Published on August 27, 2015 by Todd Scacewater

P&R, 2012 | 208 pages

A Brief Book Summary from Books at a Glance
About the Editor

David B. Garner (Ph.D., Westminster Theological Seminary) is Associate Professor of Systematic Theology at Westminster Theological Seminary, Philadelphia.


In this volume, faculty members from three Reformed seminaries come together to expound and defend the orthodox doctrine of Scripture.

Table of Contents

     Robert C. Cannada Jr., Bryan Chapell, Peter A. Lillback

     David B. Garner
1. Because It Is the Word of God
     K. Scott Oliphint

2. The Church, a Pillar of Truth: B. B. Warfield’s Church Doctrine of Inspiration
     Michael D. Williams

3. Deconstructing Canon: Recent Challenges to the Origins and Authority of the New Testament Writings
     Michael J. Kruger)

4. Inerrancy’s Complexities: Grounds for Grace in the Debate
     Robert W. Yarbrough

5. God and Language
     Vern S. Poythress

6. N. T. Wright and the Authority of Scripture
     John M. Frame

7. Did God Really Say?
     David B. Garner



The book comes as a joint effort by Covenant Seminary, Reformed Theological Seminary, and Westminster Theological Seminary in Philadelphia to present on the nature of Scripture to the PCA’s thirty-ninth General Assembly (2011). Following a short Forward by the three presidents of those leading Reformed seminaries, David Garner continues setting out the unique features of the current climate.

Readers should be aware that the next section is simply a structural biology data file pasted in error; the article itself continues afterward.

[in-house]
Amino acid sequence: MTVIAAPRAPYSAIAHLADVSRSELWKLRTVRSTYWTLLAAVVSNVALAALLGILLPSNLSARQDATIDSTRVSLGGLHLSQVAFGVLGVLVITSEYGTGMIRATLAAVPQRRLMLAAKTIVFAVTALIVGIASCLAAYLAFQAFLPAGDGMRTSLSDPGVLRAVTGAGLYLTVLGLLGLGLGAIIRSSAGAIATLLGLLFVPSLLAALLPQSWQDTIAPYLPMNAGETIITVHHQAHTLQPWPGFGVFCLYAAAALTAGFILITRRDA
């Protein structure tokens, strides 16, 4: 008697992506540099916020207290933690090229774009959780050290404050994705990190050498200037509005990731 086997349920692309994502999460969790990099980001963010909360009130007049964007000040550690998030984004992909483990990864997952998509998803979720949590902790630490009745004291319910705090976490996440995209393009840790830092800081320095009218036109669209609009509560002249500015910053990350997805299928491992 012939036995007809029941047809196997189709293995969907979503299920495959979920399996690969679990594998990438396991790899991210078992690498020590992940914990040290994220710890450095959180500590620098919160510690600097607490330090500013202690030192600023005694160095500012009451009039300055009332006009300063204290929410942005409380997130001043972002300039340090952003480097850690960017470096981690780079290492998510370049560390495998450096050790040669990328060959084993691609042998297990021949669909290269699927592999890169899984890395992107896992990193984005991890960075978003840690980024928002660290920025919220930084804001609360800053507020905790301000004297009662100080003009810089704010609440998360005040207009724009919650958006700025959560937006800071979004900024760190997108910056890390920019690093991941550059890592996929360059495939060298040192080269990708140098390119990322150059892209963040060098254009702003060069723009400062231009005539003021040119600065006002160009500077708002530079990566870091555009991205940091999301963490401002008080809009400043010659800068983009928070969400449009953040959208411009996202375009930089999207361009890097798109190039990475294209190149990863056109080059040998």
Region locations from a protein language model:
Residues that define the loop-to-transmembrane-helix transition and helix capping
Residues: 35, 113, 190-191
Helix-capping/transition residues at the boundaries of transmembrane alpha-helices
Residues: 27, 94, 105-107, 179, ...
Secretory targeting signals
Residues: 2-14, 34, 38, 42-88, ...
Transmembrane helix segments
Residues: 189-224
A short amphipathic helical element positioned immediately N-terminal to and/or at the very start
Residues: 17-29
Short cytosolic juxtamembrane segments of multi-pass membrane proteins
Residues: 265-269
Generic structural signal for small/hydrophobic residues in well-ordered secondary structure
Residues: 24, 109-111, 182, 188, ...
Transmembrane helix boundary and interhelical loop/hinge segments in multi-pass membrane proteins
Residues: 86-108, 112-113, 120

Specifically, the dangers facing the church today center around a lack of discernment on the part of church leaders who want to bend on the issue of the Bible. In the name of advance, many want to question, in essence, whether Scripture is the final arbiter and interpreter of truth. Even more pointedly, error in all kinds of areas in the church often arises not from actively seeking such, but from those who try to land on a middle way – often with good motives of peace and pastoral sensitivity. Quoting Puritan Robert Traill, “such men as are for ‘middle ways’ in point of doctrine, have usually a greater kindness for that extreme they go half-way to, than for that which they go half-way from.” This volume seeks to defend and positively set forth the orthodox doctrine of Scripture in light of an evangelical trend of “showing kindness for what was once called liberalism.”

Chapter 1
Because It Is the Word of God
K. Scott Oliphint

Professor Oliphint of Westminster Seminary begins the main body of the text with a brief history and analysis of Westminster Confession of Faith chapter 1 (Of Holy Scripture) as it relates to the doctrine of God. The title has it in short: insofar as we have a good doctrine of God, one which confesses the Lord as truth itself, then Scripture as his word will also be confessed as the true witness about all of which it speaks.